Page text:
Albatross   Link to this

"informed myself of him thoroughly in my safety in lending 2000l. to Sir W. Warren, upon an order of his upon the Exchequer for 2602l."

Am I mistaken, or has Sam just arranged a 30% return on a short term investment? Could someone let me know how I could invest in Seventeenth-Century nautical futures?

Nix   Link to this

Albatross -- There were plenty of risks of the investment to justify a 30% discount:

The Exchequer was tapped out. They were at war, struggling to raise money. Population and economic activity were sapped by the plague. The burghers weren't necessarily eager to raise taxes. Since they were on the gold standard, they couldn't print their way out of debt. The Exchequer may have had some offsetting claims against Warren (follow the link on Warren's name to see some of the complications).

Terry Foreman   Link to this

Perfidious Albion goes back to the 13th c.
http://en.wikipedia.org/wiki/Perfidious_Albion

Terry Foreman   Link to this

Ah, 'twas impolitic, not to say ambiguous, to suggest that Albion's been perfidious that long. Shoulda writ "Perfidious Albion" goes back to the 13th c.

djc   Link to this

“informed myself of him thoroughly in my safety in lending 2000l. to Sir W. Warren, upon an order of his upon the Exchequer for 2602l.”

I take this to mean that Pepys is advancing 2000 cash to Warren and has as security the IOU Warren has from the Exchequer (the Exchequer owing Warren 2602),

cgs   Link to this

profit is always a nice enticement to risk thy stash of coin.

“informed myself of him thoroughly in my safety in lending 2000l. to Sir W. Warren, upon an order of his upon the Exchequer for 2602l.”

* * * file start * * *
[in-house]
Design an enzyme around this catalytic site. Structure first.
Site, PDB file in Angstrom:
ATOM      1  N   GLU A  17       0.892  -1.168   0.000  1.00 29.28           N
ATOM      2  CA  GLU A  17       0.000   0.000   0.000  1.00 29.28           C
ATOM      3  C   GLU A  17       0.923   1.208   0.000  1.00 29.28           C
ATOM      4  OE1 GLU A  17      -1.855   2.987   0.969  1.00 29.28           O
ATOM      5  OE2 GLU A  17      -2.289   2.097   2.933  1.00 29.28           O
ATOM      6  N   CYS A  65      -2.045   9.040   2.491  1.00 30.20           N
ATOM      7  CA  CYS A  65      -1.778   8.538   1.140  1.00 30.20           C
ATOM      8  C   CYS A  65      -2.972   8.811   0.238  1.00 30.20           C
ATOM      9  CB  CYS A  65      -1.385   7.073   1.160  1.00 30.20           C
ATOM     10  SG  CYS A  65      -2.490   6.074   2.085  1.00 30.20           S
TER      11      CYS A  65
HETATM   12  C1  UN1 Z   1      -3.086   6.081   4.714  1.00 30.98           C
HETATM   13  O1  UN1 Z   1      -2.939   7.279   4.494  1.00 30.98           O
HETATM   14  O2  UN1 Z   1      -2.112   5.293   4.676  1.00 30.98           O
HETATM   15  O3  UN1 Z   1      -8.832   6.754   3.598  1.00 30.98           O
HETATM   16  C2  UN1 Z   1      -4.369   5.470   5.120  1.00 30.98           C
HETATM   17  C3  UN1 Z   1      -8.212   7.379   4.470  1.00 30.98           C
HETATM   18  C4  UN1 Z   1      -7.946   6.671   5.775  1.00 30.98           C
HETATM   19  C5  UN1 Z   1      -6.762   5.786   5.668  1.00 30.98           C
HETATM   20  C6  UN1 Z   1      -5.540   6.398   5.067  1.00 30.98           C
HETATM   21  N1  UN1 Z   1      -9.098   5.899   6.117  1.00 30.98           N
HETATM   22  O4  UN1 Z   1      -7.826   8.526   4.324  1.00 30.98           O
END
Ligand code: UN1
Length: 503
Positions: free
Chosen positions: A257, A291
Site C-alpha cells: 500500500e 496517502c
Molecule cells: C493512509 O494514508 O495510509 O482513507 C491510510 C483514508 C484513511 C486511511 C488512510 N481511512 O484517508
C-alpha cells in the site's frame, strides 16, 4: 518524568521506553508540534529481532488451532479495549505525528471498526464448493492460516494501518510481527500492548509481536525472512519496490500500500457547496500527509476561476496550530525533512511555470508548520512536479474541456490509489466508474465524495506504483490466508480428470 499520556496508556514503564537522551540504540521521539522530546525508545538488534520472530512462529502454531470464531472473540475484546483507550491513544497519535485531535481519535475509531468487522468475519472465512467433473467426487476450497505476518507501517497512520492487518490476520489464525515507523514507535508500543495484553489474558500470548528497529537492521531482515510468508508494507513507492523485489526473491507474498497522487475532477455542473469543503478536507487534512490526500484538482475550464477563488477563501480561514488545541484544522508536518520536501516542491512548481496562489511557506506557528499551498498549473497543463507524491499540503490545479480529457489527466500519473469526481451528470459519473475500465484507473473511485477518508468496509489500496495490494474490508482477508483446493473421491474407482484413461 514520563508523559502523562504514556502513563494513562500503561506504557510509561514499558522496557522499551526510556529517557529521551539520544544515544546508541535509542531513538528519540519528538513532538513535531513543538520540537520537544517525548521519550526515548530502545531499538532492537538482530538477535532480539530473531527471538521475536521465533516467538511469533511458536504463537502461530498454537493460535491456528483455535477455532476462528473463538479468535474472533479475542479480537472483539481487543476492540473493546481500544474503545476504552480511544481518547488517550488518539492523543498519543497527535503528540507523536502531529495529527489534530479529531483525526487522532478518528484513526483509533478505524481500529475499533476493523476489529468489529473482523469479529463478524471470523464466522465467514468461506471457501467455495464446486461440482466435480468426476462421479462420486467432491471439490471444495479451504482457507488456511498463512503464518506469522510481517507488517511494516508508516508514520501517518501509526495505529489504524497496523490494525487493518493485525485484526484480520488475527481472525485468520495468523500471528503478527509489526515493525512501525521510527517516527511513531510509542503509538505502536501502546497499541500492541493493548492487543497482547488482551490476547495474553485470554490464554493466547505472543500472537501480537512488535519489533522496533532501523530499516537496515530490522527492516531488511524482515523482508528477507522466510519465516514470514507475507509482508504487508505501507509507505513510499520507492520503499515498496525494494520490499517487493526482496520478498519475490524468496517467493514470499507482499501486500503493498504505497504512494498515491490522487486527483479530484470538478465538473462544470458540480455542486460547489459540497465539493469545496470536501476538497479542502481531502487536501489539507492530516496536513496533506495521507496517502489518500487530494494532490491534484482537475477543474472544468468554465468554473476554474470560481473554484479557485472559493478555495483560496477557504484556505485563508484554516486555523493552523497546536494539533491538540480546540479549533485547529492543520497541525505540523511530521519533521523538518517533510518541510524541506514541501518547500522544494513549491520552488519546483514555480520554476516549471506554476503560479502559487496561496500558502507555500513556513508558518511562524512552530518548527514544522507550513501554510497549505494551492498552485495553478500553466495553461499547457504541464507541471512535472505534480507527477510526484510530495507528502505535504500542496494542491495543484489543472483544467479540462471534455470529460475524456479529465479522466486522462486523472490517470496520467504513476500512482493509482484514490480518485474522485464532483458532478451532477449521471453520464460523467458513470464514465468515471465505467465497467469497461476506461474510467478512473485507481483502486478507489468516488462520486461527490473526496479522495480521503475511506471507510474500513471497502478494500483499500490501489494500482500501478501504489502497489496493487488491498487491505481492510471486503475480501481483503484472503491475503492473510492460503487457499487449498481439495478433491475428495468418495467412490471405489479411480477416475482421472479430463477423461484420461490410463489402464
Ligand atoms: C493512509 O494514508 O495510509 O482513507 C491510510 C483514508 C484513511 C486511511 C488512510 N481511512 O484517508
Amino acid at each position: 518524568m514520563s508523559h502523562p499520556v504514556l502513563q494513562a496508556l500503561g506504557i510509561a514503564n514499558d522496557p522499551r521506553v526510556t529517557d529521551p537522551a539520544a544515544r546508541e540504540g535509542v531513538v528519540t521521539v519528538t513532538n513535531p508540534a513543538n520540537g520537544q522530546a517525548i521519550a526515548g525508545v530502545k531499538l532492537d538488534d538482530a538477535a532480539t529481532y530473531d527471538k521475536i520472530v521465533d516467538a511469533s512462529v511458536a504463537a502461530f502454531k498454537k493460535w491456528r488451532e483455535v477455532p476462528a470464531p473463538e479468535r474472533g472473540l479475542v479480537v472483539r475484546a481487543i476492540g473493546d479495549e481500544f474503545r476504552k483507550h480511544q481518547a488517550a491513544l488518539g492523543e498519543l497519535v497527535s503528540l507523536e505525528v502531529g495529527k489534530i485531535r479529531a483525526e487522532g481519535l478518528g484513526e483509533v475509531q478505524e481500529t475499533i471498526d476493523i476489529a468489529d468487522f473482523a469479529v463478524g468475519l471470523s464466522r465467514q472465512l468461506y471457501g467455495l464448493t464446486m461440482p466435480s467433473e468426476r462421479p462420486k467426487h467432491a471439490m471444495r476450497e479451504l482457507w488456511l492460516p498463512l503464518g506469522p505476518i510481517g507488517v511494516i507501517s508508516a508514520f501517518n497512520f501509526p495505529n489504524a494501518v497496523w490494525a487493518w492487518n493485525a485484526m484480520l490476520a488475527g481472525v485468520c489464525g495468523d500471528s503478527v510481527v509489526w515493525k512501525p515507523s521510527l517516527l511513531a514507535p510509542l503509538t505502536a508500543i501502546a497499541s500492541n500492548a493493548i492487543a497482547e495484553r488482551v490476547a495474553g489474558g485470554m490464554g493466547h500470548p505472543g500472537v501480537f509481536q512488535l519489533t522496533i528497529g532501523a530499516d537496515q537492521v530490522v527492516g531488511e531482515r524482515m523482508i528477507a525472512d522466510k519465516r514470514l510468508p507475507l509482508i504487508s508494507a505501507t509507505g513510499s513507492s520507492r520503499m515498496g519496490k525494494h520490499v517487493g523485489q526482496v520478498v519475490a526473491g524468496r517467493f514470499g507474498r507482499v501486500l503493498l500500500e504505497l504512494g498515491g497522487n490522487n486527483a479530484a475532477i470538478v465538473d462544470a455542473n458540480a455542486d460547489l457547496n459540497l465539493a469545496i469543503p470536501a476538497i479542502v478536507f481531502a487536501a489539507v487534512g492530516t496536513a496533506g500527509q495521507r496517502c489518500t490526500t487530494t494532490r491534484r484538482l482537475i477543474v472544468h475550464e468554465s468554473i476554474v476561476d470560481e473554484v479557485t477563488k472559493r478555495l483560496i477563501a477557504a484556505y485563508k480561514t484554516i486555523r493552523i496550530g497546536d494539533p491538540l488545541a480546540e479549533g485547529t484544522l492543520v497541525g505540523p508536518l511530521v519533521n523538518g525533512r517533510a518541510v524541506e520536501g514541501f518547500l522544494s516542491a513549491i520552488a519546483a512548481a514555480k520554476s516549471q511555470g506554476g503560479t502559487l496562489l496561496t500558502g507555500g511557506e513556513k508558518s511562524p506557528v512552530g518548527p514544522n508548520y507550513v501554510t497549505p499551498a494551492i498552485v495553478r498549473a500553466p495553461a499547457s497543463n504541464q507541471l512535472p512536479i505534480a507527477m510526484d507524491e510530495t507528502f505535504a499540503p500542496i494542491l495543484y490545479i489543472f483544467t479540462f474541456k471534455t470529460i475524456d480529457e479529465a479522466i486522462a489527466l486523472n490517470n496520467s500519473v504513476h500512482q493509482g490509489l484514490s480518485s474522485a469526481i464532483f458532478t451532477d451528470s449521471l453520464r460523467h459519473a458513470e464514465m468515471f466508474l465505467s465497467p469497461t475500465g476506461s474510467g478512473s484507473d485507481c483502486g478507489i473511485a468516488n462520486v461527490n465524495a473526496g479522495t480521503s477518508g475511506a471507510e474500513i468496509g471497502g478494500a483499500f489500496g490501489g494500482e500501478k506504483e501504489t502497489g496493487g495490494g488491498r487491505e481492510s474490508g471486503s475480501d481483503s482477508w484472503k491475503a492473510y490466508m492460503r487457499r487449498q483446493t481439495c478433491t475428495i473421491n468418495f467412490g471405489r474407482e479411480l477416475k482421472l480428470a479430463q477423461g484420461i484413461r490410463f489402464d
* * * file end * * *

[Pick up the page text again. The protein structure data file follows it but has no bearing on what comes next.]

Robert Gertz   Link to this

"Much pleased with this visit I to White Hall, where I met Sir G. Downing, and to discourse with him an houre about the Exchequer payments upon the late Act, and informed myself of him thoroughly in my safety in lending 2000l. to Sir W. Warren, upon an order of his upon the Exchequer for 2602l. and I do purpose to do it."

"You Did What?!!!" Bess, screaming...

Sam quickly dropping attempted pose as intrepid financial genius/pioneer.

GrahamT   Link to this

Terry,
"Perfidious England" (la perfide Angleterre) goes back to the 13th C., but it only became "Perfidous Albion" (la perfide Albion) in the 18th C. Wikipedia agrees with the OED in this. Even if it didn't agree, I would still trust the OED over Wikipedia, useful as it sometimes is.

cgs   Link to this

another version recorded by Edward Latham - 1906 - Quotations - 318 pages
L'Angleterre, ah ! la perfide Angleterre. (England, ah ! perfidious England.) JACQUES BOSSUET (1627,1704) — in his first sermon on the Circumcision ...

http://books.google.com/books?id=N0MOAAAAIAAJ&p...

Terry Foreman   Link to this

GrahamT, point taken.

In a related vein, why always "perfide" (perfidious)?! The attribution of some traits endures. Has the tradition of mistrust ever fully disappeared?

Paul Chapin   Link to this

"Has the tradition of mistrust ever fully disappeared?"

Nor from the English side either, as revealed by the infamous saying "Wogs start at Calais." Or maybe that's disdain rather than mistrust.

Stacia   Link to this

What specifically would a "course of physique" consist of? I presume it's something to increase her health and constitution, but beyond that I can't find anything to indicate what it would entail.